Identify, Retain and Preserve
Identifying, retaining, and preserving wood features
from the restoration period such as siding, cornices,
brackets, window architraves, and doorway pediments;
and their paints, finishes, and color.
The form, features, and detailing of this 19th
century stick-style villa (The Emlen Physick House
in Cape May, New Jersey) have been retained and preserved.
The National Historic Landmark structure is open
the public. Photo: HABS Collection, NPS.
Altering wood features from the restoration period.
Failing to properly document wood features from the
restoration period which may result in their loss.
Applying paint or other coatings to wood or removing
paint from wood if such treatments cannot be documented
to the restoration period.
Changing the type or color of the paint or coating
unless the work can be substantiated by historical documentation.
Protect and Maintain
Protecting and maintaining wood features from the
restoration period by providing proper drainage so that
water is not allowed to stand on flat, horizontal surfaces
or accumulate in decorative features.
Repair of this broken downspout is essential
to prevent damage to the historic building as well as
to prevent serious moisture problems in below-grade
foundation walls and the basement. Photo: NPS
Applying chemical preservatives to wood features
such as beam ends or outriggers that are exposed to
decay hazards and are traditionally unpainted.
Retaining coatings such as paint that help protect
the wood from moisture and ultraviolet light. Paint
removal should be considered only where there is paint
surface deterioration and as part of an overall maintenance
program which involves repainting or applying other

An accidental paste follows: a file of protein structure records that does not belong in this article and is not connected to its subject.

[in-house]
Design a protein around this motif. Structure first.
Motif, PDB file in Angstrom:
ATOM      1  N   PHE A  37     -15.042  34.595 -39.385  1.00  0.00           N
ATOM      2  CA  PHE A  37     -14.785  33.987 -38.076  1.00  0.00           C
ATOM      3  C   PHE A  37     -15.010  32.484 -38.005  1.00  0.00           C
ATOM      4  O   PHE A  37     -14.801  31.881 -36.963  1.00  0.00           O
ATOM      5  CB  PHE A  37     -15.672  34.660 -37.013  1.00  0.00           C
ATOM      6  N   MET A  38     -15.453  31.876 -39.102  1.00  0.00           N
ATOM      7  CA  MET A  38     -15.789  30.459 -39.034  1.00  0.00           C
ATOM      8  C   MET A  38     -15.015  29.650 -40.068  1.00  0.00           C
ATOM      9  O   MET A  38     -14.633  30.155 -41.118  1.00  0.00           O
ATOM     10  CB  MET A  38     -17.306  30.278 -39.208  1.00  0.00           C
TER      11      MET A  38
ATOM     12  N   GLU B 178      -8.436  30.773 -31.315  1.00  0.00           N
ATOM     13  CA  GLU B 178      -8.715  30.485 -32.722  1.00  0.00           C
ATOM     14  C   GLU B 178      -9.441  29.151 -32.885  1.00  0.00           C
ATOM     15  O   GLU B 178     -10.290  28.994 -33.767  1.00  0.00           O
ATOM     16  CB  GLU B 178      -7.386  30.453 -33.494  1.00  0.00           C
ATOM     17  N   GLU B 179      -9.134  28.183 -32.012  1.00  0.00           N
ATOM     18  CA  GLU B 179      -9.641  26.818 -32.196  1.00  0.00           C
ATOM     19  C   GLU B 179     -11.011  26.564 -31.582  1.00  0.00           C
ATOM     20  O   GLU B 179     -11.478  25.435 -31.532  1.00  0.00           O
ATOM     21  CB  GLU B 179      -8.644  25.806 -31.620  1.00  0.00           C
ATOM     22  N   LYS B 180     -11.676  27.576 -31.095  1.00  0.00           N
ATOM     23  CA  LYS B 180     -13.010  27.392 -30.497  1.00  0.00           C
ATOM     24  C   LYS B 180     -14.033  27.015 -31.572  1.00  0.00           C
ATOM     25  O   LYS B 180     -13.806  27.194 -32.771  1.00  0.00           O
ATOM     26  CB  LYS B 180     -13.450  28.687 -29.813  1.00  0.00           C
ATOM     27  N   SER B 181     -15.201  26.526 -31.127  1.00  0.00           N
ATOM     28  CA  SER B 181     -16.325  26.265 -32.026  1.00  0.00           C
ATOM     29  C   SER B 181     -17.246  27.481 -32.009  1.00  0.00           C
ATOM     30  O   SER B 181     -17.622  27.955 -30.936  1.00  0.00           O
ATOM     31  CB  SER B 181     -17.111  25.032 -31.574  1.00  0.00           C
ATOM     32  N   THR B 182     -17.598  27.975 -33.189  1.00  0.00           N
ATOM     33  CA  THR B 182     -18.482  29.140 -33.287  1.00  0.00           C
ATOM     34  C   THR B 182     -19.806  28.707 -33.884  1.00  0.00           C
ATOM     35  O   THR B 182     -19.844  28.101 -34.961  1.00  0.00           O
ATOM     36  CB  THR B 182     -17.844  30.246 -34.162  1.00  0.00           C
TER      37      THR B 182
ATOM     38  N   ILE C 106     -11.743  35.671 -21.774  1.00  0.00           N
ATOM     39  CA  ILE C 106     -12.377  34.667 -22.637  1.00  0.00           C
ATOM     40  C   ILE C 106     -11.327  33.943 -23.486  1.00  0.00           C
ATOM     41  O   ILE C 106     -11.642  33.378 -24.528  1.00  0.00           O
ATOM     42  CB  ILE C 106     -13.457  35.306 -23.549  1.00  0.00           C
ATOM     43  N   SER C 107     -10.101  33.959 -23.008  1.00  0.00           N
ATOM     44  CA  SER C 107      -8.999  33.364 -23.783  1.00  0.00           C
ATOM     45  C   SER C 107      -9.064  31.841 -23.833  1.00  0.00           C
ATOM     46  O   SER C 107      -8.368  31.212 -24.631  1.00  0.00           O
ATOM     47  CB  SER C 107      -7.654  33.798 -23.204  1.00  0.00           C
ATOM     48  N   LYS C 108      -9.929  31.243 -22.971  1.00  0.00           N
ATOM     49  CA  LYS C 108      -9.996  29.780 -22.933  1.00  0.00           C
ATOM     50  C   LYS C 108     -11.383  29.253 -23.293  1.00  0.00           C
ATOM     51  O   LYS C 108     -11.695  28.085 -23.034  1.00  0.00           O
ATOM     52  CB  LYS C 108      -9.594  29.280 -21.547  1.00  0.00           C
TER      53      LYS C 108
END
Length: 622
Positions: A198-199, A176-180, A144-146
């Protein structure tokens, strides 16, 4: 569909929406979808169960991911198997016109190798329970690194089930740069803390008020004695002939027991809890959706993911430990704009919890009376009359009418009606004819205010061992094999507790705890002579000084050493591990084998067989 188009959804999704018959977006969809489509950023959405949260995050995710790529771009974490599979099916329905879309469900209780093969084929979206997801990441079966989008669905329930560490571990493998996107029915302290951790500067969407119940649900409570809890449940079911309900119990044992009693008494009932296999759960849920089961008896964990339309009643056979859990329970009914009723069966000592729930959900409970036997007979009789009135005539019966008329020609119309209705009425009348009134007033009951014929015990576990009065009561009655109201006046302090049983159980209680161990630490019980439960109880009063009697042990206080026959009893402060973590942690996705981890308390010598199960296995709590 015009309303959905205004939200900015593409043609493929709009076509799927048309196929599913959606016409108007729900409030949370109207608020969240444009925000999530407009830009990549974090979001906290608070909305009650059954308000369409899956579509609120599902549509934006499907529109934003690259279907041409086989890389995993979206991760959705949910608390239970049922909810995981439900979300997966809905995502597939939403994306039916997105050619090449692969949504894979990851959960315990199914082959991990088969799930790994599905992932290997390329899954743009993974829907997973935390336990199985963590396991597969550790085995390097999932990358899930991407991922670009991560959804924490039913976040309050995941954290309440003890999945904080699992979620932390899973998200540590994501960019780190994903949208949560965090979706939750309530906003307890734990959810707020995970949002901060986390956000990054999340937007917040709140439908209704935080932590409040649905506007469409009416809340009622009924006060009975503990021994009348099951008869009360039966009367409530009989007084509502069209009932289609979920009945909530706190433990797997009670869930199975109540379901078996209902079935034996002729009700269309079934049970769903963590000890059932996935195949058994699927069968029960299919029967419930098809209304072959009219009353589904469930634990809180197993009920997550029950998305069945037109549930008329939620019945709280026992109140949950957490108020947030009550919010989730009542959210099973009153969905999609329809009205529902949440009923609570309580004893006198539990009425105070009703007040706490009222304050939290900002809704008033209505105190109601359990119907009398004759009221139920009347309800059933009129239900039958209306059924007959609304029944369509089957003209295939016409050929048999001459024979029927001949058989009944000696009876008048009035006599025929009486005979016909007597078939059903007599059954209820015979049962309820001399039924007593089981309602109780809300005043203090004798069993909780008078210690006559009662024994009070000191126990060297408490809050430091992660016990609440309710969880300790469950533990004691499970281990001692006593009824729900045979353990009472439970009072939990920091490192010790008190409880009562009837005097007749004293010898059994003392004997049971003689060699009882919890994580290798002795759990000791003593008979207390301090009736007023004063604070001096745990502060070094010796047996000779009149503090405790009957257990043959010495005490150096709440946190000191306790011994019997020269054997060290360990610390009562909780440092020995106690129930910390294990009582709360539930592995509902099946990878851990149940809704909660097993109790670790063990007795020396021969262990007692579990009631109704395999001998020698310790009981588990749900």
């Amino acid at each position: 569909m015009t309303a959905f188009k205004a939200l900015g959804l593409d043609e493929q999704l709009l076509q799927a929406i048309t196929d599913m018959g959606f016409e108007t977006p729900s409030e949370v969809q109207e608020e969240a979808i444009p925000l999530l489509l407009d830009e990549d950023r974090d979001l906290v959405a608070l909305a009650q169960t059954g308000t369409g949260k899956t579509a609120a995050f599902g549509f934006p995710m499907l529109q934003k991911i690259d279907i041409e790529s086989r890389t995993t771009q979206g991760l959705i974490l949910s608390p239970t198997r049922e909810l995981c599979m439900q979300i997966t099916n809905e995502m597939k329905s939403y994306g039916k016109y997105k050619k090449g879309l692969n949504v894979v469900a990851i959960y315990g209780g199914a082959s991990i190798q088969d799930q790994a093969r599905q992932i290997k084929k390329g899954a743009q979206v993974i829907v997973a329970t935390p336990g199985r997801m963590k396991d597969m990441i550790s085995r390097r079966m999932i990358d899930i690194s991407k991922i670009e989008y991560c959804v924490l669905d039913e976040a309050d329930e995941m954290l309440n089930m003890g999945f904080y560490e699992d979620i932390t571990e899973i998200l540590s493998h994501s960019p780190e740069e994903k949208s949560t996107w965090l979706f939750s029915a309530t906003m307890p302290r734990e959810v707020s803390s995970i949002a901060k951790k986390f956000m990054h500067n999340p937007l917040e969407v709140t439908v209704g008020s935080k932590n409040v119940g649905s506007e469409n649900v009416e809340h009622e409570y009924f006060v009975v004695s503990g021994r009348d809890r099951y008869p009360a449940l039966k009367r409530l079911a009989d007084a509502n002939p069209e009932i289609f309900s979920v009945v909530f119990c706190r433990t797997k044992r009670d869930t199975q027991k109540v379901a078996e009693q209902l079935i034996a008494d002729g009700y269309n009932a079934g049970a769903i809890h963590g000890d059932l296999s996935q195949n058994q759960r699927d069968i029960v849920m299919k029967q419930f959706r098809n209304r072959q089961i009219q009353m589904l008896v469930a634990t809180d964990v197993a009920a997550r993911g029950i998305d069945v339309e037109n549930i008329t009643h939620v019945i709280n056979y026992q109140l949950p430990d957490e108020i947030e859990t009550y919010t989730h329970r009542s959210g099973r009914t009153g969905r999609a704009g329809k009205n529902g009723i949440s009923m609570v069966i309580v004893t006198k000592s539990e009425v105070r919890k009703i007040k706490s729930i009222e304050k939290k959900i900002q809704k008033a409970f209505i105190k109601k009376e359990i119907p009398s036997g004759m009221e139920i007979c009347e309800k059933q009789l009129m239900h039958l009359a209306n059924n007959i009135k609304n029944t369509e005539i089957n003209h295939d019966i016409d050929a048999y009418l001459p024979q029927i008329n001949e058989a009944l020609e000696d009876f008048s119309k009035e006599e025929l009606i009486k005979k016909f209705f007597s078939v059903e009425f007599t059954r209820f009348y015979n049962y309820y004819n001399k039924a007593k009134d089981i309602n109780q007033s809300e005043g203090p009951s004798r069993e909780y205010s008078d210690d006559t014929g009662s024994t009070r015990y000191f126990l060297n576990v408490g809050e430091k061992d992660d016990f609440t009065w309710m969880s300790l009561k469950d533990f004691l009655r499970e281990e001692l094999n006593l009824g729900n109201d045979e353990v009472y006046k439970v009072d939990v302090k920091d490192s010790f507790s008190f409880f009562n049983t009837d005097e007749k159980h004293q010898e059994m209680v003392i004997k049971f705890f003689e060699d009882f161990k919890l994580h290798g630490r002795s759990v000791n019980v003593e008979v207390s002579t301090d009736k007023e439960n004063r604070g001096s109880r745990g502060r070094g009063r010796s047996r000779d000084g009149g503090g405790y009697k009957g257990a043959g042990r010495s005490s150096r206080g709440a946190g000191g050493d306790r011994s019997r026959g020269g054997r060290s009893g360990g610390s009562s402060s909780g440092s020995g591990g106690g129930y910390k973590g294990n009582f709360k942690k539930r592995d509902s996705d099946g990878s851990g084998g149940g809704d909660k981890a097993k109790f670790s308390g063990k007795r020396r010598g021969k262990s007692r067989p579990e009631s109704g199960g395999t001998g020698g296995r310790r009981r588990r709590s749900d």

appropriate protective coatings.
Inspecting painted wood surfaces to determine whether
repainting is necessary or if cleaning is all that is
Removing damaged or deteriorated paint to the next
sound layer using the gentlest method possible (handscraping
and handsanding), then repainting.
Using with care electric hot-air guns on decorative
wood features and electric heat plates on flat wood
surfaces when paint is so deteriorated that total removal
is necessary prior to repainting.
Using chemical strippers primarily to supplement
other methods such as handscraping, handsanding and
the above-recommended thermal devices. Detachable wooden
elements such as shutters, doors, and columns may--with
the proper safeguards--be chemically dip-stripped.Applying
compatible paint coating systems following proper surface
Repainting with colors that are documented to the
restoration period of the building.
Evaluating the existing condition of the wood to
determine whether more than protection and maintenance
are required, that is, if repairs to wood features from
the restoration period will be necessary.
Failing to identify, evaluate, and treat the causes
of wood deterioration, including faulty flashing, leaking
gutters, cracks and holes in siding, deteriorated caulking
in joints and seams, plant material growing too close
to wood surfaces, or insect or fungus infestation.
Using chemical preservatives such as creosote which,
unless they were used historically, can change the appearance
of wood features.
Stripping paint or other coatings to reveal bare wood,
thus exposing historically coated surfaces to the effects
of accelerated weathering.
Removing paint that is firmly adhering to, and thus,
protecting wood surfaces.
Using destructive paint removal methods such as propane
or butane torches, sandblasting or waterblasting. These
methods can irreversibly damage historic woodwork.
Using thermal devices improperly so that the historic
woodwork is scorched.
Failing to neutralize the wood thoroughly after using
chemicals so that new paint does not adhere.
Allowing detachable wood features to soak too long
in a caustic solution so that the wood grain is raised
and the surface roughened.
Failing to follow manufacturers' product and application
instructions when repainting exterior woodwork.
Using new colors that are not documented to the restoration
period of the building.